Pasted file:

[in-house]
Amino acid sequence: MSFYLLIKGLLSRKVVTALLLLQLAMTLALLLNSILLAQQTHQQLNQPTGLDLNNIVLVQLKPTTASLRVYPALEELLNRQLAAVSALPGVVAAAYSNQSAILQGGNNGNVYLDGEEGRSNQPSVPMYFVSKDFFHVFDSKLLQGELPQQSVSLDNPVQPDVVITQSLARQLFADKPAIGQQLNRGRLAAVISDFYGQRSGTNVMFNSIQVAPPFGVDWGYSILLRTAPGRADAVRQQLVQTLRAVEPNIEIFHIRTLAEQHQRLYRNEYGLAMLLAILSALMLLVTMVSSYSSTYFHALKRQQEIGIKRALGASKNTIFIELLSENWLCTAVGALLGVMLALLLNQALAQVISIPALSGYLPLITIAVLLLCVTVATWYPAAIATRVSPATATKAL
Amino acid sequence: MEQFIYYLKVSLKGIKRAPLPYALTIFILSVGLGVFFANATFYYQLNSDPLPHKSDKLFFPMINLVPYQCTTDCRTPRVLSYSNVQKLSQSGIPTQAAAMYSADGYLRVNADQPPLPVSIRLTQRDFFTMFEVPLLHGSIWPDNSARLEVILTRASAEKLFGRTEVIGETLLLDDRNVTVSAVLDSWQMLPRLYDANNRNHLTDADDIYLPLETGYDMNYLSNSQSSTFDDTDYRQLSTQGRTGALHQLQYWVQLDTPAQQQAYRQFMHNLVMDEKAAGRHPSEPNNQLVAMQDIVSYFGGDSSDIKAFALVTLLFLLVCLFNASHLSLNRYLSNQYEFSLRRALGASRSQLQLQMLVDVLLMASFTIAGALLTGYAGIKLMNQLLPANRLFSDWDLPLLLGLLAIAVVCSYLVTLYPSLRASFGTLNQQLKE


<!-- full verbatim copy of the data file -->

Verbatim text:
[in-house]
Amino acid sequence: MSFYLLIKGLLSRKVVTALLLLQLAMTLALLLNSILLAQQTHQQLNQPTGLDLNNIVLVQLKPTTASLRVYPALEELLNRQLAAVSALPGVVAAAYSNQSAILQGGNNGNVYLDGEEGRSNQPSVPMYFVSKDFFHVFDSKLLQGELPQQSVSLDNPVQPDVVITQSLARQLFADKPAIGQQLNRGRLAAVISDFYGQRSGTNVMFNSIQVAPPFGVDWGYSILLRTAPGRADAVRQQLVQTLRAVEPNIEIFHIRTLAEQHQRLYRNEYGLAMLLAILSALMLLVTMVSSYSSTYFHALKRQQEIGIKRALGASKNTIFIELLSENWLCTAVGALLGVMLALLLNQALAQVISIPALSGYLPLITIAVLLLCVTVATWYPAAIATRVSPATATKAL
Amino acid sequence: MEQFIYYLKVSLKGIKRAPLPYALTIFILSVGLGVFFANATFYYQLNSDPLPHKSDKLFFPMINLVPYQCTTDCRTPRVLSYSNVQKLSQSGIPTQAAAMYSADGYLRVNADQPPLPVSIRLTQRDFFTMFEVPLLHGSIWPDNSARLEVILTRASAEKLFGRTEVIGETLLLDDRNVTVSAVLDSWQMLPRLYDANNRNHLTDADDIYLPLETGYDMNYLSNSQSSTFDDTDYRQLSTQGRTGALHQLQYWVQLDTPAQQQAYRQFMHNLVMDEKAAGRHPSEPNNQLVAMQDIVSYFGGDSSDIKAFALVTLLFLLVCLFNASHLSLNRYLSNQYEFSLRRALGASRSQLQLQMLVDVLLMASFTIAGALLTGYAGIKLMNQLLPANRLFSDWDLPLLLGLLAIAVVCSYLVTLYPSLRASFGTLNQQLKE